‘You’ll kill him,’ Poseidon tells him, with the calm of a sea at its most dangerous. ‘You love him and you won’t mean to, but you will.’
Apollo glances at him sharply, ‘You’re the one who drowns him.’
Poseidon’s smile is smug and serene, and he hates it, ‘Yes.’ Then he’s leaning forward, lips brushing his ear in a caress of salt-wind-wet that would feel too intimate if Apollo didn’t know it to be anything other than spite. ‘But out of ruinous love for you,’ murmurs the sea, ‘it’s into my arms he’ll fall.’
A strangled shout—
A crash of waves against the shore—
and Poseidon is gone.
Apollo remains there, hollowed out and worn because he can picture it all too well. The boy with a heart overfull and yet still so hungry. His eyes, how they’ll turn from ecstasy to agony as he learns that you can be destroyed by what you love. A small eternity of falling, the despair of it and the longing.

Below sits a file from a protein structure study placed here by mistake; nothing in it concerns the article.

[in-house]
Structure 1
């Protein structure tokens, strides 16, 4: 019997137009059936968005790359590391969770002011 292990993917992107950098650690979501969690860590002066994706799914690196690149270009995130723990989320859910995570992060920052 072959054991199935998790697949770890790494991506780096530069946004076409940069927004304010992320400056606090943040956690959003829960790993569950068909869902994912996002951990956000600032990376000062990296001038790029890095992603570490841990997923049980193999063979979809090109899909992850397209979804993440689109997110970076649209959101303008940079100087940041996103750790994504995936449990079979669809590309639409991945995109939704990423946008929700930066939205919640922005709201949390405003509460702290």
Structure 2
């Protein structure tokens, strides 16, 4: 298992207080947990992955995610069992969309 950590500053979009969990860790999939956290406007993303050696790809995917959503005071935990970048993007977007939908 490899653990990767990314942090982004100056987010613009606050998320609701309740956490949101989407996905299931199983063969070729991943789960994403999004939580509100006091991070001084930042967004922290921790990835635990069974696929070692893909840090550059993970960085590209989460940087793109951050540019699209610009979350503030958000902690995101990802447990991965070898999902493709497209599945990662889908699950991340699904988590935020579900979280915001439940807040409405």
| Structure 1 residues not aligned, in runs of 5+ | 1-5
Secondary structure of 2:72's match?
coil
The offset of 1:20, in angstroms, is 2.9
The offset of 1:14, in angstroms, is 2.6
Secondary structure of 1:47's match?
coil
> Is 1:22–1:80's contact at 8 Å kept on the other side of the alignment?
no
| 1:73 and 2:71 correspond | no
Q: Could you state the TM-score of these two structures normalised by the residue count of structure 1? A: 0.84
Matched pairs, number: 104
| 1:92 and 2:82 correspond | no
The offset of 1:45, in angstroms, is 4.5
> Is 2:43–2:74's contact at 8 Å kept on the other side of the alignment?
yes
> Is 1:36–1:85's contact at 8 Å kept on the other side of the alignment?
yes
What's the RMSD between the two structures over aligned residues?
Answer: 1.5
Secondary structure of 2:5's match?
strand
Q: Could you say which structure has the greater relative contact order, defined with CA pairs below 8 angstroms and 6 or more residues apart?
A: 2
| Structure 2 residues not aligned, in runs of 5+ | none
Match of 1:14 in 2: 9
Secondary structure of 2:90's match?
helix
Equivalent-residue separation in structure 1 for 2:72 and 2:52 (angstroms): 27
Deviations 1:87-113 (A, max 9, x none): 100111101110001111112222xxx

He thinks of Icarus’ back, the supple curve he’s so often traced, and the marks he’s put there. Because if the boy is greedy, then oh how the sun is too.
He thinks of Icarus breaking upon the waves and—
an ocean embrace putting him back together, a smile of triumph against soft skin, hands and lips soothing the burns on his back with a pleasure to hide the pain.
Those hands and lips are not his own, and Apollo finds he can barely breathe.
— the sun dreams of murder // (c.ruth)
#421 Icarus with burns on his back